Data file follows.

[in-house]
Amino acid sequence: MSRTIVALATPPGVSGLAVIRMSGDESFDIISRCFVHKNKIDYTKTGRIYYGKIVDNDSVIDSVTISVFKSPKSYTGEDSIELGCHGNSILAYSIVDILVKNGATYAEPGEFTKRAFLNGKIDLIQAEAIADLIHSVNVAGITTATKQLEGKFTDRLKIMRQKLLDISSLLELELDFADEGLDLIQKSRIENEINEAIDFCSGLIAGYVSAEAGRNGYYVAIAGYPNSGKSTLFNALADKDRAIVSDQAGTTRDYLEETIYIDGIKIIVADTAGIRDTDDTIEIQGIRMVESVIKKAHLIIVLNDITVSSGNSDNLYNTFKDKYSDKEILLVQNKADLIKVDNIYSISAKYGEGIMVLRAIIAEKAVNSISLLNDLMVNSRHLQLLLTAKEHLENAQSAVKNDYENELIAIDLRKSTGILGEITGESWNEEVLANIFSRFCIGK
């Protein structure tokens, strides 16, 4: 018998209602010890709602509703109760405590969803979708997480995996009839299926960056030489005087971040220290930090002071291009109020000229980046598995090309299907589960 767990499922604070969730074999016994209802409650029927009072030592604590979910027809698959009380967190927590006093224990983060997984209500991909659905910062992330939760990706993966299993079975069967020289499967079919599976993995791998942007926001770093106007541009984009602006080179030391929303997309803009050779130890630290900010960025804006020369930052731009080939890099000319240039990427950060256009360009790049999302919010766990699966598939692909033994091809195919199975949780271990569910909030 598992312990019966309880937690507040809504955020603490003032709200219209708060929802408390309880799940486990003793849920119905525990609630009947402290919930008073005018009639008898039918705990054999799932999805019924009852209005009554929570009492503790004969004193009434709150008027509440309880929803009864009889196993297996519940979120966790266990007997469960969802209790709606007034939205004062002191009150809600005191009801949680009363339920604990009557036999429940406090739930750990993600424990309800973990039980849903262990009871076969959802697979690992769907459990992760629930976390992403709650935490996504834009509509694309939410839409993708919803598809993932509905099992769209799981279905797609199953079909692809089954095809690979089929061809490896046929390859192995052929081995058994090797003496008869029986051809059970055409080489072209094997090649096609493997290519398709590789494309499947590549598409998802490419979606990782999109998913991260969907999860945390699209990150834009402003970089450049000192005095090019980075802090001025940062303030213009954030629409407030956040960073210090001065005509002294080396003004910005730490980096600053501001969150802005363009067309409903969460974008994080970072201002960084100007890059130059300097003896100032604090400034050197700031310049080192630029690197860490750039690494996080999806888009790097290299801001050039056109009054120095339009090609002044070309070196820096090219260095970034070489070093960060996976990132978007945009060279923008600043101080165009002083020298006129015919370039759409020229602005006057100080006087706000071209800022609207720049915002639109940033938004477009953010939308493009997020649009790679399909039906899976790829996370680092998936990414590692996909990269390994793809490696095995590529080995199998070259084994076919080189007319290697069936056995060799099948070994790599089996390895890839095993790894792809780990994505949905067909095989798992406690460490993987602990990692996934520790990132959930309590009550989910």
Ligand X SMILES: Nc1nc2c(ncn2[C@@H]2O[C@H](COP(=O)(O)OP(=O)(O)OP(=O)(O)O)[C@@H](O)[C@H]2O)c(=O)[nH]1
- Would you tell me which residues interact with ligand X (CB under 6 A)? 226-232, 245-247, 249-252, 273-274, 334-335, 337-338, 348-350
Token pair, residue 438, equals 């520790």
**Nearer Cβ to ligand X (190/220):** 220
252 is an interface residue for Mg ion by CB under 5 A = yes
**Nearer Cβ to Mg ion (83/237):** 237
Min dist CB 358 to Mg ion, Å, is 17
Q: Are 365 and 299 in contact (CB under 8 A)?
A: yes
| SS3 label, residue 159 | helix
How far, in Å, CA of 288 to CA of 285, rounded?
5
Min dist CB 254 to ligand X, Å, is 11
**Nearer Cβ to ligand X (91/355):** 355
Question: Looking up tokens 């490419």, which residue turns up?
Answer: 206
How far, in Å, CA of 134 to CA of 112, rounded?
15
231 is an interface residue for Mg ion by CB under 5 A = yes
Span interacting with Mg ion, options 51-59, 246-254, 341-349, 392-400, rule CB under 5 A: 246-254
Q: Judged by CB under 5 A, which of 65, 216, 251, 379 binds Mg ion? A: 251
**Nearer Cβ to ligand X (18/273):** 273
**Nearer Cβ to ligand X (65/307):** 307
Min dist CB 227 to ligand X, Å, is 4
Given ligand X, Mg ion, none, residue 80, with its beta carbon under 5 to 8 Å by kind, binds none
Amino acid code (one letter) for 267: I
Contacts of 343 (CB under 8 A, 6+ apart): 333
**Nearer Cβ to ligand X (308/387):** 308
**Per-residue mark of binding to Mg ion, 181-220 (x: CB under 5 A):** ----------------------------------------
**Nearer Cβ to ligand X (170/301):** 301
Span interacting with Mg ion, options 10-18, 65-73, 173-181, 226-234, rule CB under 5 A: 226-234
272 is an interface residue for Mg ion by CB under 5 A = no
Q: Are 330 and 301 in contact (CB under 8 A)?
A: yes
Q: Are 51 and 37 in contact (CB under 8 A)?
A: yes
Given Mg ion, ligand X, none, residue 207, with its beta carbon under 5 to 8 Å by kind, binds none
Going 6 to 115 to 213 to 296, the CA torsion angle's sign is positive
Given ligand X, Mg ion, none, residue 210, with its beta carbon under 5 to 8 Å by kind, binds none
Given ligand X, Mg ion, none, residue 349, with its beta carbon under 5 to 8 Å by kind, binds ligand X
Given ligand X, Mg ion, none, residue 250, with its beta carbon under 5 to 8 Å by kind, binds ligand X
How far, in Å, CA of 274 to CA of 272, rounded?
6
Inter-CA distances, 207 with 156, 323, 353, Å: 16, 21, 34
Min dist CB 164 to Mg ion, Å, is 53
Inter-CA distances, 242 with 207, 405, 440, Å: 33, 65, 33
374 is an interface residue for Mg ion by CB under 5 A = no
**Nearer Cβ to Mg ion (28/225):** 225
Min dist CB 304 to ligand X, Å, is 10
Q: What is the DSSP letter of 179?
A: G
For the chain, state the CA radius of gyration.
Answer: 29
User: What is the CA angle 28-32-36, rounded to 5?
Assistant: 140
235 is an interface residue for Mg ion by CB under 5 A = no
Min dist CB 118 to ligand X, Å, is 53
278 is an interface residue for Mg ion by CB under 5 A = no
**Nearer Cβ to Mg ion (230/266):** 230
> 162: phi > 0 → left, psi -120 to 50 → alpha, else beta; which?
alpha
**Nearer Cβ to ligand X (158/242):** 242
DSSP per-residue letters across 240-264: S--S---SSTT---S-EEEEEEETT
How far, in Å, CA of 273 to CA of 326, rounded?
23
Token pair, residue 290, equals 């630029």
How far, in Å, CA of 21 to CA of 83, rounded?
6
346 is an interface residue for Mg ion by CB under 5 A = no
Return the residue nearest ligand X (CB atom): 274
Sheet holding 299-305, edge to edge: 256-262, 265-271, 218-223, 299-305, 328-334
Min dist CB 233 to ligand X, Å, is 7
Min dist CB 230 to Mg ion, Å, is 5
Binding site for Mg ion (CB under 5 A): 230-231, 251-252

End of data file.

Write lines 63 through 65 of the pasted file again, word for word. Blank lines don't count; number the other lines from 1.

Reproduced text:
> 162: phi > 0 → left, psi -120 to 50 → alpha, else beta; which?
alpha
**Nearer Cβ to ligand X (158/242):** 242